Story Pile: Children of Time

I understand that when I talk about movies I’m asking you to engage with me on my thoughts about a thing that’s ninety minutes long; a TV series is often something you can whittle away at over time and isn’t necessarily designed for a scope of attention that covers a lot of time in its narrative or a long time in its experience. I’m kinda a pop culture boy, I do the wham-bam-thank-you style of things for having fun and maybe I’ll try and recommend series of books to you like the Tiffany Aching series, I’m going to do so mostly because every part of that series is a book that’s pretty great and can be finished reasonably quickly.

Not so for Adrian Tchaikovsky (it’s a pen name) and his epic science fiction story Children of Time. This book is a juggernaut – the audiobook is something like six hours, and those are not a breezy set of page turners. If I talk about a piece of media it’s often with the tone of someone who’s very confident that you can go get that media and check it out and then use that media to contextualise what I think and feel about it. In this case, I think that’s a pretty big lift, since we’re talking about a doorstopper of a book and I have an audience who exist on the spectrum between ‘oo shiny’ and ‘books bore me because I can’t use them to open thirty-five tabs on which digimon have been shown wearing shoes.’ Knowing that I’m going to start off by giving you a broad overview of what happens in the story, without giving away specifics.

If you know this book already, if you want to approach things without any awareness of the plot, or if you want a push to check out some big-S big-F Science Fiction and all you need is someone recommending it, I do recommend Children of Time! I liked how it handled the scope of its stories, I liked the kinds of things it saw as solutions to problems, and it did some things that appealed to me in very specific, niche ways. Particularly, it appealed to me with its culture of sentient, cooperative cat-sized spiders, and the war they wage on the last vestiges of humanity and how that gets solved.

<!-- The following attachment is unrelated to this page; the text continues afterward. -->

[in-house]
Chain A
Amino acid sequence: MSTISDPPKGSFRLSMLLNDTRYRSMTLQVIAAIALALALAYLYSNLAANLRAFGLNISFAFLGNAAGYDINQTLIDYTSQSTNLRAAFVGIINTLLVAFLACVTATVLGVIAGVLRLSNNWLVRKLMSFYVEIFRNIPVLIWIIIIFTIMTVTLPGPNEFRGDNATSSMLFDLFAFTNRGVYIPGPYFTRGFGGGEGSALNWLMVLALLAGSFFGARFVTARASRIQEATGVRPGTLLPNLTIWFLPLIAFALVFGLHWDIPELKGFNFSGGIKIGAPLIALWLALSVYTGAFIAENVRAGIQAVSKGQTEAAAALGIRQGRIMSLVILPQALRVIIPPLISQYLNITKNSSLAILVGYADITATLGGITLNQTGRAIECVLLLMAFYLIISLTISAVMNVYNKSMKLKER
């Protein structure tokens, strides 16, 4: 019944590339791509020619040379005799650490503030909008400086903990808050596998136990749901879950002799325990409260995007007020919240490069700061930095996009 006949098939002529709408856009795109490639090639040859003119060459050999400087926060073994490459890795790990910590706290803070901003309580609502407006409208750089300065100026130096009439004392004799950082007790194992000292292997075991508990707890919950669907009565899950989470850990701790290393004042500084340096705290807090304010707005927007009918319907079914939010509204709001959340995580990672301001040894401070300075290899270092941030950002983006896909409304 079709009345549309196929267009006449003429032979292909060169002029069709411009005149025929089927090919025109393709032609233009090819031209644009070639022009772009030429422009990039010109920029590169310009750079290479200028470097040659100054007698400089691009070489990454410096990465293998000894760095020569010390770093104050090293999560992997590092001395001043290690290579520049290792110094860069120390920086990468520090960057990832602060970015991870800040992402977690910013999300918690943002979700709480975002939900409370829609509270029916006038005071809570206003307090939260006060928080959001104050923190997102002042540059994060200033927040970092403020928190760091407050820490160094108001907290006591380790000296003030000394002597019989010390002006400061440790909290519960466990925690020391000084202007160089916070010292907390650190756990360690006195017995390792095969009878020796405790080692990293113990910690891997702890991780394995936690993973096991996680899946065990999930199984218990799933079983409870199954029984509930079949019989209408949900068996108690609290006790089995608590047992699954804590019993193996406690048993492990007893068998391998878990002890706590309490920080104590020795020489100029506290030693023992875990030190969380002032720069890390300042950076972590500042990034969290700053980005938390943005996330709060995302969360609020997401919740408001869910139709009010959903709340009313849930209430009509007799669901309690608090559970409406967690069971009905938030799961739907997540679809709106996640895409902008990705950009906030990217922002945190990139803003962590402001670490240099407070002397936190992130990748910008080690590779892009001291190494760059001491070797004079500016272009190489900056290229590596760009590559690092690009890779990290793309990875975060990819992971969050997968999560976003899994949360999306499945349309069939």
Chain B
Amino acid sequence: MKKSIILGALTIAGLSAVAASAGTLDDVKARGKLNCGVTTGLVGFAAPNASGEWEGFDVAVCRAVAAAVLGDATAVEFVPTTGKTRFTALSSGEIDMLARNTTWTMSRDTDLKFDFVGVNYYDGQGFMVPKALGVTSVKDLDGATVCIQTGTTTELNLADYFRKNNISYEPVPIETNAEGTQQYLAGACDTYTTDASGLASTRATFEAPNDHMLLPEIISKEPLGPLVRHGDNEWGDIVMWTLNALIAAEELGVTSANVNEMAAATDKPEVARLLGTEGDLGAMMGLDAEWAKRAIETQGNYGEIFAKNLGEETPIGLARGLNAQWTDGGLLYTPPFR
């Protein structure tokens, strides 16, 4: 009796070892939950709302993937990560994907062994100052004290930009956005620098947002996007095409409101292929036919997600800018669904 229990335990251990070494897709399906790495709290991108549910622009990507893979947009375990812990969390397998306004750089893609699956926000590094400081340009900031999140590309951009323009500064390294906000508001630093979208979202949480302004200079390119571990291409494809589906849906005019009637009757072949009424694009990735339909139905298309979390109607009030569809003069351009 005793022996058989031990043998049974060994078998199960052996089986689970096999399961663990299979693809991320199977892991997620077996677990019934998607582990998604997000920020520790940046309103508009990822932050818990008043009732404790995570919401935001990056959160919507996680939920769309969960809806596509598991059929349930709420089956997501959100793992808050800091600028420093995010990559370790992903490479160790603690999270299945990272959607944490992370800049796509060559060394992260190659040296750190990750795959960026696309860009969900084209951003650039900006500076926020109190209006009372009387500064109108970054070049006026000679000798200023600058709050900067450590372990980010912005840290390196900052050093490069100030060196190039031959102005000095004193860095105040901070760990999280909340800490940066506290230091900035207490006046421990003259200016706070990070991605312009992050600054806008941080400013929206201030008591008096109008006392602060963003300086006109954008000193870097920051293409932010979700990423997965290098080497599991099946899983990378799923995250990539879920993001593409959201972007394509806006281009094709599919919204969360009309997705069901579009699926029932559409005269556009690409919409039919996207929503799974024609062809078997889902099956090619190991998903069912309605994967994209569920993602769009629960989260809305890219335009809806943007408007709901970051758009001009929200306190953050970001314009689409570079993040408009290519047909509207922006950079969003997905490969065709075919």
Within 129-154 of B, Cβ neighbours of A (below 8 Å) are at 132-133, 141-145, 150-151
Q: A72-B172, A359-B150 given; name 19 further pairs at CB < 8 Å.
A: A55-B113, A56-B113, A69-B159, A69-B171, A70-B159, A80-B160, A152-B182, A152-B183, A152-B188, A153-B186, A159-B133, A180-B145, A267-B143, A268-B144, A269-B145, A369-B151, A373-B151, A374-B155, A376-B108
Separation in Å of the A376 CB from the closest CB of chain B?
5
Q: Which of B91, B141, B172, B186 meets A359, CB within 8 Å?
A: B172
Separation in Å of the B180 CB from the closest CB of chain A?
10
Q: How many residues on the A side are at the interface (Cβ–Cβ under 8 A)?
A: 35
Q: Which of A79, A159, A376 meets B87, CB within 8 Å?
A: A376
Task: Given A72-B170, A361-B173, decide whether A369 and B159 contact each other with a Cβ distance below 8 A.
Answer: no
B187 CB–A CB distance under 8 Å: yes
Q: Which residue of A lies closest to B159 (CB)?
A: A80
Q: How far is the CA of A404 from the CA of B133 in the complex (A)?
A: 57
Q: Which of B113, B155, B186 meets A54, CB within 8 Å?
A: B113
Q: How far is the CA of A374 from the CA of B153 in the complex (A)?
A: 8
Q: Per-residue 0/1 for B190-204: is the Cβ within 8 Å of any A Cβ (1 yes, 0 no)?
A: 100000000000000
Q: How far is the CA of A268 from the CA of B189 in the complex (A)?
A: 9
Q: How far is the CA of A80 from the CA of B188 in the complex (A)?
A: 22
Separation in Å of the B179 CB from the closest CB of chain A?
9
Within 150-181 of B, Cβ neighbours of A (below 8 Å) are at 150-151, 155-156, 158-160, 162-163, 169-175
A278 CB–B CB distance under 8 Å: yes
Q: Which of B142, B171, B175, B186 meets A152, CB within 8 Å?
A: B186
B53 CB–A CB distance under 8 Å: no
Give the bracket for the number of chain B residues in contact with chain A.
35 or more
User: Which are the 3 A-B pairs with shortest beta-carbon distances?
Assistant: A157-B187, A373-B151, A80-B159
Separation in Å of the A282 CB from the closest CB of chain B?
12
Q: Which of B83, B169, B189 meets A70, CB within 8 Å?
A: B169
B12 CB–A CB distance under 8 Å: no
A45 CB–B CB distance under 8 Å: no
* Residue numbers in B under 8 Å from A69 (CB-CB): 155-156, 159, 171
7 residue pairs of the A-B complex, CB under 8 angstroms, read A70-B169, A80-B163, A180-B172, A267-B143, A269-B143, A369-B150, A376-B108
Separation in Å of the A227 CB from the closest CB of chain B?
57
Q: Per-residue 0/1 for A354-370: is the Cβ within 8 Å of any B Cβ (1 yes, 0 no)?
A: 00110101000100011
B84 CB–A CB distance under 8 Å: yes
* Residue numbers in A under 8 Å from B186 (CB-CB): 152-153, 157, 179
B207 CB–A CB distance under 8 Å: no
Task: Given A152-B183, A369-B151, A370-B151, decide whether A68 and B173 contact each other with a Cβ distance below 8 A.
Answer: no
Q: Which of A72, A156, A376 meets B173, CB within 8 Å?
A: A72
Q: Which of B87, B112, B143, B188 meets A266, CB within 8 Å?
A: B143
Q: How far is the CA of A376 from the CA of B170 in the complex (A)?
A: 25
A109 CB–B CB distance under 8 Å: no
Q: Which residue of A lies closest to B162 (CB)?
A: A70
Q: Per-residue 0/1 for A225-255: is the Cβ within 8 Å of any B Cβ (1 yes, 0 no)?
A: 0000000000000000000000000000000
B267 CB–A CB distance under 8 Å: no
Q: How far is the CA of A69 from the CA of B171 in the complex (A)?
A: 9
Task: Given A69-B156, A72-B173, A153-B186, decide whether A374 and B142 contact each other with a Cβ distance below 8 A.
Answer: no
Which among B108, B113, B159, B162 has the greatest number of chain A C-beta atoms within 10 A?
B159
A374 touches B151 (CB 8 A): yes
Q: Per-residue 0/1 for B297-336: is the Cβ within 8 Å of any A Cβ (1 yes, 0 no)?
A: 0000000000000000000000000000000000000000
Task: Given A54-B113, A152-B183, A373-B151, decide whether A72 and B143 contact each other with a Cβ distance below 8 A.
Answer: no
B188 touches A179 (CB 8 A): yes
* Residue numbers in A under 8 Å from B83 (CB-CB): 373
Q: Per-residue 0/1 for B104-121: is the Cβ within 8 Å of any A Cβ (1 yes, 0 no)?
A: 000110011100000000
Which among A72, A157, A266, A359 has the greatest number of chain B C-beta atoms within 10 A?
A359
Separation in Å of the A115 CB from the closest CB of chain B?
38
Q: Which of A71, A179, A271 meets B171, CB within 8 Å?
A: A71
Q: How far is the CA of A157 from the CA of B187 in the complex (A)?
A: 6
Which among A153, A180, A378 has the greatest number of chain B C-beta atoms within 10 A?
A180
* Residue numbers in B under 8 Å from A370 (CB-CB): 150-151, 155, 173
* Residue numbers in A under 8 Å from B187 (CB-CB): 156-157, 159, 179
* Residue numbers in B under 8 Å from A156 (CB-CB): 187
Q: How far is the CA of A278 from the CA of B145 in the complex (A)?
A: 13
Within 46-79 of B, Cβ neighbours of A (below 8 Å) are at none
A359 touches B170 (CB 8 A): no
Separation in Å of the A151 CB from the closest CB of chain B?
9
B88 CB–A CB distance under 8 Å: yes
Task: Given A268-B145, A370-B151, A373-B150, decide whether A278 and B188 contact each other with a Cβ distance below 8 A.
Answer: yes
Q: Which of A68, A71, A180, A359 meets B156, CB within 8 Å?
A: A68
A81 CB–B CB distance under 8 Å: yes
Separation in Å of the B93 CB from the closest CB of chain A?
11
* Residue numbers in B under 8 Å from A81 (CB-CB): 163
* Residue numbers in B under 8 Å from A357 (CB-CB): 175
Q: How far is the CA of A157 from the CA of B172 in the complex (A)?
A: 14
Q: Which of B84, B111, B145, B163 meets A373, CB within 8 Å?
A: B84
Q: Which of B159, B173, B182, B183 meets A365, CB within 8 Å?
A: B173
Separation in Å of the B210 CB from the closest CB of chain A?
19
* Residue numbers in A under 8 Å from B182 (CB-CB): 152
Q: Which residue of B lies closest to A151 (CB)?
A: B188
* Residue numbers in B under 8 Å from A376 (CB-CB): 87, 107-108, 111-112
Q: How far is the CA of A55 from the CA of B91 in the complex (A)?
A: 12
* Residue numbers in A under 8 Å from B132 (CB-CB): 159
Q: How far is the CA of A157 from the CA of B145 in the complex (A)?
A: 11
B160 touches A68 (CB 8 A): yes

That got your attention? The book’s full of spiders.

Spoilers ahead, but most importantly, content warning: Spiders.

Oh my word, so much, with the spiders.

Okay, your kickoff for this book is humanity is in the we’re-fucked seeding-planets levels of interplanetary infrastructure. Despite how badly we ruined one planet, we promise it’s because we just, you know, didn’t know what we were doing for the early game and now we know how to do a good job, all following a scientist on a satellite as she prepares to oversee the seeding and uplifting of a new culture of inhuman hominids – we have a planet, it’s picked out, it’s vibrant, there’s life, we just got to seed it with various lifeforms and then make sure that the monkeys win out on this one (as they should, you know, etcetera). It’s one of those story universes where we didn’t find any aliens and got lonely enough to make our own.

But the project hecks up who could see that coming, and instead of a serene drifting overseer satellite working to maintin the life of monkeys on this planet as they evolve into Humans 2, Now With A Hat, the chief scientist of the project who was, let’s say, not the most mentally stable to start with, winds up jamming her brain into a drifting satellite that’s there to protect the planet while the apes on it wind up becoming Different Humans except oh wait that goes wrong too, and the tools designed to uplift seeded apes that the satellite could then guide lands not on monkeys (the monkeys died on the way to their home planet), but instead on spiders.